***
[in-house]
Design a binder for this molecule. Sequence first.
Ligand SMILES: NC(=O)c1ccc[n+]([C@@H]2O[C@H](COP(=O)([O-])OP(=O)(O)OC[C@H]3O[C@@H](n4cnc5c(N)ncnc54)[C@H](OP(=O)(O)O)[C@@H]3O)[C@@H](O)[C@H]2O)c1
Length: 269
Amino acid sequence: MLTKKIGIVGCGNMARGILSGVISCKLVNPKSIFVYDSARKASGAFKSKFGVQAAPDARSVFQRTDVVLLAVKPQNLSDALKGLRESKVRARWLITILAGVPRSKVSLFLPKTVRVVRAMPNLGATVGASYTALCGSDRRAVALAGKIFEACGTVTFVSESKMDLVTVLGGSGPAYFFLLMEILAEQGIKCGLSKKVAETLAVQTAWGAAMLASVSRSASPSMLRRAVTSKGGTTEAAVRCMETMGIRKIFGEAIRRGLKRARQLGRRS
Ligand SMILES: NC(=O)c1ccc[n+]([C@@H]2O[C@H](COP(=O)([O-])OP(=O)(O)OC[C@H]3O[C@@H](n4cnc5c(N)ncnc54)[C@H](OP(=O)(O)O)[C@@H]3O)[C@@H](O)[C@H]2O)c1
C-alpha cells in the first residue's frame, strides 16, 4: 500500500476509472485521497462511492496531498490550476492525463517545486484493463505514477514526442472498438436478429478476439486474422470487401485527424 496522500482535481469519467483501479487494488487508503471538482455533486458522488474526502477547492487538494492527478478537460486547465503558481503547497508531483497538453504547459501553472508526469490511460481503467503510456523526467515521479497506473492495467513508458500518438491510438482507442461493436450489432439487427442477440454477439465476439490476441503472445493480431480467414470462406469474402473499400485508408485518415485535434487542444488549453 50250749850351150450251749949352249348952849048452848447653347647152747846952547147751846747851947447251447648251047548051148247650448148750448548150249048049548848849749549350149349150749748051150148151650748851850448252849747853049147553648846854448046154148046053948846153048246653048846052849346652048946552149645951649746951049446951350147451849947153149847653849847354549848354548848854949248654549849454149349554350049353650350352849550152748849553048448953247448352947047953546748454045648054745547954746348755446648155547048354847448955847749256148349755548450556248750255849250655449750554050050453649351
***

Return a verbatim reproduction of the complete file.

[in-house]
Design a binder for this molecule. Sequence first.
Ligand SMILES: NC(=O)c1ccc[n+]([C@@H]2O[C@H](COP(=O)([O-])OP(=O)(O)OC[C@H]3O[C@@H](n4cnc5c(N)ncnc54)[C@H](OP(=O)(O)O)[C@@H]3O)[C@@H](O)[C@H]2O)c1
Length: 269
Amino acid sequence: MLTKKIGIVGCGNMARGILSGVISCKLVNPKSIFVYDSARKASGAFKSKFGVQAAPDARSVFQRTDVVLLAVKPQNLSDALKGLRESKVRARWLITILAGVPRSKVSLFLPKTVRVVRAMPNLGATVGASYTALCGSDRRAVALAGKIFEACGTVTFVSESKMDLVTVLGGSGPAYFFLLMEILAEQGIKCGLSKKVAETLAVQTAWGAAMLASVSRSASPSMLRRAVTSKGGTTEAAVRCMETMGIRKIFGEAIRRGLKRARQLGRRS
Ligand SMILES: NC(=O)c1ccc[n+]([C@@H]2O[C@H](COP(=O)([O-])OP(=O)(O)OC[C@H]3O[C@@H](n4cnc5c(N)ncnc54)[C@H](OP(=O)(O)O)[C@@H]3O)[C@@H](O)[C@H]2O)c1
C-alpha cells in the first residue's frame, strides 16, 4: 500500500476509472485521497462511492496531498490550476492525463517545486484493463505514477514526442472498438436478429478476439486474422470487401485527424 496522500482535481469519467483501479487494488487508503471538482455533486458522488474526502477547492487538494492527478478537460486547465503558481503547497508531483497538453504547459501553472508526469490511460481503467503510456523526467515521479497506473492495467513508458500518438491510438482507442461493436450489432439487427442477440454477439465476439490476441503472445493480431480467414470462406469474402473499400485508408485518415485535434487542444488549453 50250749850351150450251749949352249348952849048452848447653347647152747846952547147751846747851947447251447648251047548051148247650448148750448548150249048049548848849749549350149349150749748051150148151650748851850448252849747853049147553648846854448046154148046053948846153048246653048846052849346652048946552149645951649746951049446951350147451849947153149847653849847354549848354548848854949248654549849454149349554350049353650350352849550152748849553048448953247448352947047953546748454045648054745547954746348755446648155547048354847448955847749256148349755548450556248750255849250655449750554050050453649351